Velour

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Photo: Sam Milianta

Years ago, traveling to Provo to see a touring band would have seemed unthinkable. When Corey Fox opened Velour, however, that all began to change. Fox began the all-ages venue almost five years ago with little more than a dream and some elbow grease. Fox’s hard work has paid huge dividends for Provo’s surprisingly diverse musical community by providing a cultural hub deep in the heart of Utah County, as well as helping to launch the careers of Isaac Russell and Neon Trees. Velour has slowly begun reaching premiere status, siphoning off established SLC and national acts from Salt Lake’s usual haunts to play in Velour’s lush interior.

SLUG: Tell us about your first experience with SLUG Magazine.
Fox: I think my first experience with SLUG was probably in the very early ‘90s, when I was so hungry for music and vintage clothing that I would often take the trip up to SLC from Provo to pick up whichever zine would notify me of the next DV8 concert or cool new store. My first official interaction with SLUG came in the mid-’90s when I was managing the SLC band Clover. They really took off and were receiving a lot of press at the time,
and SLUG was always very cool and supportive of the band.

SLUG: How have you seen the magazine change since then?
Fox: I think the biggest change I’ve noticed is the visual quality. It obviously started as a small, simple black-and-white zine and has grown into a full-color, legitimate publication with continually great cover art.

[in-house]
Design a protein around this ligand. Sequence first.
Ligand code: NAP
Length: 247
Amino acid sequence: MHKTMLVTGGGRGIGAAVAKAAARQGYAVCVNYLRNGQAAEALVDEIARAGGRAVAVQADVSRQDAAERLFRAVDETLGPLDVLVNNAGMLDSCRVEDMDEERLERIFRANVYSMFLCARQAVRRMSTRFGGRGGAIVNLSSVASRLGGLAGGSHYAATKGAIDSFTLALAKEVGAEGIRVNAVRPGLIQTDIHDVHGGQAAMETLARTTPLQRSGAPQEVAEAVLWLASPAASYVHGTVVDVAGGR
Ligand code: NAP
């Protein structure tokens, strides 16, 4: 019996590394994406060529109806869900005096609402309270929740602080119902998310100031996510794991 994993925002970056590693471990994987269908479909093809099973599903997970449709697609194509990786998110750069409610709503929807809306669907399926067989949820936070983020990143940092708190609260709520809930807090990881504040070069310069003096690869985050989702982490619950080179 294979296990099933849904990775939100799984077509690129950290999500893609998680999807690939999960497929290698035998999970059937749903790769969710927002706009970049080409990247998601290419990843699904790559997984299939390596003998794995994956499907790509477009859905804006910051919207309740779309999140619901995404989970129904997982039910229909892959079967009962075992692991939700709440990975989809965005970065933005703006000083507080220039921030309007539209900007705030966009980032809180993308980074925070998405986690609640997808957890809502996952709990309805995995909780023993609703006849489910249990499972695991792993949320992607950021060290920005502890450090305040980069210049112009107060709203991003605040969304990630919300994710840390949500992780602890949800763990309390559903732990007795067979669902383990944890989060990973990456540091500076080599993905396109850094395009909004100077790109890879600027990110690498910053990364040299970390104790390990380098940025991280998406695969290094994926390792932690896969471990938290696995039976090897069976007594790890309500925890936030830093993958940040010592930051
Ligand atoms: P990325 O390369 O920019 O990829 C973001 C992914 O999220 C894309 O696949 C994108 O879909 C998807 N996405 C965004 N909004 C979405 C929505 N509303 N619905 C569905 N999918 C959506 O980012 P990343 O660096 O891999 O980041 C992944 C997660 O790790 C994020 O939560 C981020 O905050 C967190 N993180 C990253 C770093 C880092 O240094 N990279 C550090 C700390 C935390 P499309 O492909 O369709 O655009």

SLUG: What is one of the most memorable SLUG articles that you have read?
Fox: My most memorable SLUG article was probably the July 2008 story about Utah ska. I was heavily involved with the ‘90s Utah Valley ska scene when it exploded into the national spotlight, and have fond memories of that time. I was happy to read an article that revisited and educated people about that exciting time in Utah music history.

SLUG
: What is your favorite SLUG cover?
Fox: This was a tough question. I can appreciate a cover for a lot of different reasons. Content-wise, I obviously like the July 2008 Utah ska cover (#235). I work with local bands and always love to see them receive the recognition they deserve, so I was happy to see the May 2008 cover (#233) featuring my friends Band of Annuals. Artistically, the Sep. 2008 cover (#237) was my favorite with The Vile Blue Shades’ Blue Devil. If I can only pick one though, I would have to choose issue #9 from 1989. This actually came out about five years before I met my friend Patrick Young, but I was happy to see him front and center on the cover with his legendary local band The Stench. The article inside talks about him recently joining the band, and there is also a great old ad from Grunts & Postures, one of my favorite stores at that time.

SLUG: Tell us about the most memorable SLUG event that you’ve attended.
Fox: I know this isn’t an exclusive SLUG event, but I am a huge fan of the Twilight [Concert] series each year. People that know me know that I am a workaholic and rarely escape Provo and Velour ... except for Thursdays each July and August.

SLUG
: How has SLUG affected your life?
Fox: I fell in love with the Utah music and art world 20 years ago and it is still the driving force of my life. I appreciate any publication that obviously has that same love for this strange culture and strives to enhance it.

SLUG: Why do you think SLUG has continued to be relevant in Utah for the last 22 years?
Fox: I think where you find a very conservative culture you also often find a thriving subculture. I think that will always be the case here in Utah, and why SLUG is still relevant as a voice for that ever-growing underground culture.

Photos:
Photo: Sam Milianta